I attended another session on universal design and this was an informative session and was very engaging with the participants.  Universal design is the design of products and environments usable by all people to the greatest extent possible.  This is important as all students learn differently some are visual learners and some learn best by reading information.  They provided 3 principles for universal Design.  1) Provide multiple means of representation.  Students with language barriers may not understand all the words.  Provide text with images or symbols to assist with instruction.  2)  Provide multiple means of action and expression.  This is the how of learning.  Try to provide different options for action, expression and communication.  3) Provide multiple means of engagement, the why of learning.  Students need to be able to see the relevance of the material.  Take an assignment for example.  Instead of providing students all the required criteria provide guidelines and allow them to choose the subject.

Friday, April 12, 2013

Great ideas coming from the Sloan-C Emerging Technology Conference


Thumbs up to an excellent Sloan-C Emerging Technology conference held this past week in mid-April. The conference was notable primarily for the number of sessions dealing with the application of cloud-based tools within existing learning management systems. A number of options were presented in various sessions that offered possible solutions for the enhancement of course activities using free or low-cost learning technology alternatives.

A common buzz phrase heard in multiple sessions was content curation, a technique for gathering, filtering and presenting information relating to a topic or theme. Content curation as a learning tool is notable for two reasons: first, it makes students responsible for discovering knowledge resources; and second, forces students to sift through and validate information resources before presentation to a group.

Content curation isn’t just about the content but also about the content format. The presenter emphasized the importance of displaying content in mobile-friendly formats. PDF format is recognized by virtually all devices. Students might also use Google Drive which is supported by all browsers. Video can be uploaded to YouTube or Vimeo and linked within LMS systems.

But what conference review would be complete without a rundown of the latest featured apps.
A number of tools were discussed including:
·         Screenchomp: a free iPad whiteboard app for creation and annotation of images. Available from iTunes
·         Show Me: a free iPad whiteboard similar to Screenchomp
·         Explain Everything: a free iPad screencast and whiteboard app.
·         Other apps for curation include
o   Diigo: bookmarking site
o   Netvibes: dashboard for social media monitoring
o   Feedly: RSS reader (replaces the former Google Reader)
o   Evernote: organizes random notes and ideas

In the session Go Mobile or Go Home, the emphasis was on the integration of mobile-friendly course content. Here, the presenter had created an online course within iTunes U. iTunes U provides up to 20 gb of space, sufficient for even the most media-intensive course. Within the course, the presenter had integrated video, text and other media types. The course main page featured an index of topics including links to the syllabus, weekly content, and supplemental materials. The presenter used GoClass to push content to the mobile devices of students. GoClass is available for both iOS and Android.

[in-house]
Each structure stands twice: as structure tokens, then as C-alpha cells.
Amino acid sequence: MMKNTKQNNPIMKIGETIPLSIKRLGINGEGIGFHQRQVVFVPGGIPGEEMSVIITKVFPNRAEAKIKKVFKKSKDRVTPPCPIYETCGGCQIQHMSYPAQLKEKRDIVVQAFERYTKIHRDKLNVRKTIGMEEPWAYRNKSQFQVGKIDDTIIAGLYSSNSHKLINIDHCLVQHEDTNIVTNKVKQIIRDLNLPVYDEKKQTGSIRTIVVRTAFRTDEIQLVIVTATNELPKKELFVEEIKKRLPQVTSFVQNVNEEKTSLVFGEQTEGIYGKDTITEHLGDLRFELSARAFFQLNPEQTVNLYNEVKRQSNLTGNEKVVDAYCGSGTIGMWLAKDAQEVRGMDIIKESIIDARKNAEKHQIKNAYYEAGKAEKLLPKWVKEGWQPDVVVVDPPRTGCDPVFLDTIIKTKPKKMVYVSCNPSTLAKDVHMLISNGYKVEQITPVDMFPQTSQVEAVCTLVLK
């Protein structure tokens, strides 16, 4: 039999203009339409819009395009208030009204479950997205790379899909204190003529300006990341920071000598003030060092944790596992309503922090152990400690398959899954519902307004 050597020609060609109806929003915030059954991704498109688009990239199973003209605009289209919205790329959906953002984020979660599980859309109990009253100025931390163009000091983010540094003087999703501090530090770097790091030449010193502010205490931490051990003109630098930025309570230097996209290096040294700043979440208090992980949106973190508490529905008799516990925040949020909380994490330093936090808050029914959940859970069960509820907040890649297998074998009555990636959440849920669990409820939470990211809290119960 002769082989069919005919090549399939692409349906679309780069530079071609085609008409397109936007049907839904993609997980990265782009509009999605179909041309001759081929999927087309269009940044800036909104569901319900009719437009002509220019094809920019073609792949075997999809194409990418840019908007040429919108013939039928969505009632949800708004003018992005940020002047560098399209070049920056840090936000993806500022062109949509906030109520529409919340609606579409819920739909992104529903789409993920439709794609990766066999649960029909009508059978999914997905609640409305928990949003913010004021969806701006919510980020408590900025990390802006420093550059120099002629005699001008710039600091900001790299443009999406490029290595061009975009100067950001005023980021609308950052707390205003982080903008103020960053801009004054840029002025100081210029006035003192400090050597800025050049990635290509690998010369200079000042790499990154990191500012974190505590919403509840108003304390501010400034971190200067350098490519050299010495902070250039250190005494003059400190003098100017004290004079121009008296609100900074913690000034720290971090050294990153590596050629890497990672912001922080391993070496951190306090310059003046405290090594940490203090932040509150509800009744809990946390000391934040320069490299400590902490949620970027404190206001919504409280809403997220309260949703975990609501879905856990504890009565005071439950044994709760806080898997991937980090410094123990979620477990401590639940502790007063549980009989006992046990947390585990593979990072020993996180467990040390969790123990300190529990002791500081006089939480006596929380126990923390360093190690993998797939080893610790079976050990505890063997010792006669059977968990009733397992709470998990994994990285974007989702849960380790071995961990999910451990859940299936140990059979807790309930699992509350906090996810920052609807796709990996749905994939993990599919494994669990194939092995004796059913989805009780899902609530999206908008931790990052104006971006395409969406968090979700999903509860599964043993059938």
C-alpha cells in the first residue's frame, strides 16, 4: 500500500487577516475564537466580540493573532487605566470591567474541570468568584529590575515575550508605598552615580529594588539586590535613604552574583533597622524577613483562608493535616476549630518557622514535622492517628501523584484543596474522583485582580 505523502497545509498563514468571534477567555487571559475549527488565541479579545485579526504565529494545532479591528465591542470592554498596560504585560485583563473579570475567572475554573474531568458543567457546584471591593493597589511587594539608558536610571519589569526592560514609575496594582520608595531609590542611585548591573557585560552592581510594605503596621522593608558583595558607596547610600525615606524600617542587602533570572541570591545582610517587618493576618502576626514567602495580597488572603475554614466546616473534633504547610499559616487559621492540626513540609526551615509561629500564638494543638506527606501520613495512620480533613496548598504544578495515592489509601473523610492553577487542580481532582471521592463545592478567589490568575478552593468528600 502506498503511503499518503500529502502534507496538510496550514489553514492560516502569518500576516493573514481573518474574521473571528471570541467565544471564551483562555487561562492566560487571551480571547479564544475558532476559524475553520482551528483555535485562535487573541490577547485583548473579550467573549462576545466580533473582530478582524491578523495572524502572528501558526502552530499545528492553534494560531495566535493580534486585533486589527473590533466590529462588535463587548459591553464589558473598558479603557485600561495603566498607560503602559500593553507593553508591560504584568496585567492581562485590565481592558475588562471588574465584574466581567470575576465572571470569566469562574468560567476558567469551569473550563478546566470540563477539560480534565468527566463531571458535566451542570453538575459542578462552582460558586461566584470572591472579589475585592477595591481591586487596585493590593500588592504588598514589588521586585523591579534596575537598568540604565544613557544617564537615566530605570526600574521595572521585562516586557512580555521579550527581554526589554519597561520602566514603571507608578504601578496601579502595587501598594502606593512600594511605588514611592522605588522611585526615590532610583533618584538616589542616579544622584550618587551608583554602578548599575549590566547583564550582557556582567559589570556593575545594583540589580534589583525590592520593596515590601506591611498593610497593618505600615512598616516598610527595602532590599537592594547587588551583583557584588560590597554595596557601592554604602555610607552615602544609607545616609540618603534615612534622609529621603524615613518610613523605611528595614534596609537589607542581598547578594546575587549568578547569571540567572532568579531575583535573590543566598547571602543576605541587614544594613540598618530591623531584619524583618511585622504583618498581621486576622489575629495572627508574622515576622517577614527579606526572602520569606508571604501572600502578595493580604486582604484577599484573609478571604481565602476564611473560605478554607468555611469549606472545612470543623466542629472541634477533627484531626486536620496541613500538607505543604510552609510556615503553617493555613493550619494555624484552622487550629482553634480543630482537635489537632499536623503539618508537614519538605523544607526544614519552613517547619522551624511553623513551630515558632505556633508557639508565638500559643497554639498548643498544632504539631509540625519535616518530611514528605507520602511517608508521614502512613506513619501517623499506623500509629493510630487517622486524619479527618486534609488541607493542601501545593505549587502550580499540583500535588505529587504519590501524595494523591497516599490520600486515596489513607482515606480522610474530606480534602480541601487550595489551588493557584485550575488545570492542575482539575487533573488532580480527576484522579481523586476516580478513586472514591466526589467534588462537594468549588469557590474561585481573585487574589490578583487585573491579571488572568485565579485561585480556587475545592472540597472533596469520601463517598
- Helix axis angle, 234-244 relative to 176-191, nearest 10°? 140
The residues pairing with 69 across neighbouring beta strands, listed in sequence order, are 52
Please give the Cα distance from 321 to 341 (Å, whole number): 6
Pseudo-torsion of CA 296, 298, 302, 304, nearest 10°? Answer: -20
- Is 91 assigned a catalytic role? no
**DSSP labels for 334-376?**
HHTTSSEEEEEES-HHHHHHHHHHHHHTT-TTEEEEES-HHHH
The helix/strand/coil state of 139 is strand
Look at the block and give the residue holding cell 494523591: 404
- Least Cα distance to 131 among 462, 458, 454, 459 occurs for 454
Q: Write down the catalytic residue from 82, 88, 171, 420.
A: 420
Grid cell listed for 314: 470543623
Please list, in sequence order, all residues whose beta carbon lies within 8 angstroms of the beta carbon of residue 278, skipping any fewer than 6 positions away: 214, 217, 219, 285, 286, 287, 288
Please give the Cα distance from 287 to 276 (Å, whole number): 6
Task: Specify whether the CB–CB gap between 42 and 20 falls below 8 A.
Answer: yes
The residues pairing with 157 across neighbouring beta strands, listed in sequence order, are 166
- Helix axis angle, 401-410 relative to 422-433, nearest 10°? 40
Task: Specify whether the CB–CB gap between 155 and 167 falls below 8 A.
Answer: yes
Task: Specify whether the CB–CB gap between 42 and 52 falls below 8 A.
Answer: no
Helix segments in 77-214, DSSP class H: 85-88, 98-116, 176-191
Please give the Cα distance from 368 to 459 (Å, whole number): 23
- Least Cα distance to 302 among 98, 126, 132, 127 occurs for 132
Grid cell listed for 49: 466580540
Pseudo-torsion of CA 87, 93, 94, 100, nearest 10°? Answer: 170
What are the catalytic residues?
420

MERLOT - Multimedia Education Resource for Learning and Online TeachingThe session titled BYOD and Integrating Mobile Learning on Campus emphasized the ease by which mobile-friendly content can be developed and used. The session was presented by a representative of MERLOT, the highly regarded repository for open educational resources (OER). The presenter offered suggestions to institutions interested in adopting OER on a large scale including creation of a business and development plans as well as faculty stakeholder commitment. MERLOT offers assistance for institutional adoption of OER to partner institutions. Individual membership is free. The presenter also provided several resources for OER materials:

A separate session offered by another MERLOT rep focused on the MERLOT web page/website builder. Pages can be made public and is highly recommended since MERLOT is based on open resources. Each page has a unique URL and can be linked to from anywhere on the web.

I also had several great discussions with RHCHP Nursing faculty between sessions. One of particular note dealt with the use of cloud-based learning resources. This got me thinking about a hybrid LMS model combining the LMS with 3rd party apps. There is certainly no shortage of free or low-cost cloud-based apps available to faculty for the enhancement of student learning. However, the LMS (currently D2L) provides that all-important common classroom look-and-feel. Is it feasible to combine the two? Students would log in to D2L and enter their course. From there, faculty would use their choice of 3rd party applications for the performance of specific tasks. For example, faculty might use Google Drive for uploading of assignments, Diigo for the web content exploration, ShowMe for student presentations, Google Forms for quizzes, and so forth. This would also give faculty alternative learning tool resources to counter short-term LMS failures.

There would certainly be a number of concerns but it's an idea worth further exploration.